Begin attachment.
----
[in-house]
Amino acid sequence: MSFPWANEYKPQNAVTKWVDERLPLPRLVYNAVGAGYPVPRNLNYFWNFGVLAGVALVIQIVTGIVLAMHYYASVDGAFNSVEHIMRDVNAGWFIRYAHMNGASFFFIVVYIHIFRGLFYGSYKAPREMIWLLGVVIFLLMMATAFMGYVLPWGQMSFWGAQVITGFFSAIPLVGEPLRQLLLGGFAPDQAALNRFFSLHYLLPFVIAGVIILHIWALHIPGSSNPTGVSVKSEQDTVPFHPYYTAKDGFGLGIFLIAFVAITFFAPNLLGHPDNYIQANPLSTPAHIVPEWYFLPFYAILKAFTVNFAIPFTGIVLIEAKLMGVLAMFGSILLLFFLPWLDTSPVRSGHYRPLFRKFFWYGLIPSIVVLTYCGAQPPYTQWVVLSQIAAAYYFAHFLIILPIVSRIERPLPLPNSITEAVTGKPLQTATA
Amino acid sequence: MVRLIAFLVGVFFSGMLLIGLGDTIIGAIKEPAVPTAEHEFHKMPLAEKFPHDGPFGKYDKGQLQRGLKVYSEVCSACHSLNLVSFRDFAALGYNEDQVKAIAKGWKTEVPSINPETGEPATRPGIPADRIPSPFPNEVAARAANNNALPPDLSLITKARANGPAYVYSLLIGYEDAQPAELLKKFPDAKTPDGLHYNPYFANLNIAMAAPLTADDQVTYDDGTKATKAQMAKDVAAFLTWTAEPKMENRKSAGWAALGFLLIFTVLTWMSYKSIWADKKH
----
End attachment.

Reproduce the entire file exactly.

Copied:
[in-house]
Amino acid sequence: MSFPWANEYKPQNAVTKWVDERLPLPRLVYNAVGAGYPVPRNLNYFWNFGVLAGVALVIQIVTGIVLAMHYYASVDGAFNSVEHIMRDVNAGWFIRYAHMNGASFFFIVVYIHIFRGLFYGSYKAPREMIWLLGVVIFLLMMATAFMGYVLPWGQMSFWGAQVITGFFSAIPLVGEPLRQLLLGGFAPDQAALNRFFSLHYLLPFVIAGVIILHIWALHIPGSSNPTGVSVKSEQDTVPFHPYYTAKDGFGLGIFLIAFVAITFFAPNLLGHPDNYIQANPLSTPAHIVPEWYFLPFYAILKAFTVNFAIPFTGIVLIEAKLMGVLAMFGSILLLFFLPWLDTSPVRSGHYRPLFRKFFWYGLIPSIVVLTYCGAQPPYTQWVVLSQIAAAYYFAHFLIILPIVSRIERPLPLPNSITEAVTGKPLQTATA
Amino acid sequence: MVRLIAFLVGVFFSGMLLIGLGDTIIGAIKEPAVPTAEHEFHKMPLAEKFPHDGPFGKYDKGQLQRGLKVYSEVCSACHSLNLVSFRDFAALGYNEDQVKAIAKGWKTEVPSINPETGEPATRPGIPADRIPSPFPNEVAARAANNNALPPDLSLITKARANGPAYVYSLLIGYEDAQPAELLKKFPDAKTPDGLHYNPYFANLNIAMAAPLTADDQVTYDDGTKATKAQMAKDVAAFLTWTAEPKMENRKSAGWAALGFLLIFTVLTWMSYKSIWADKKH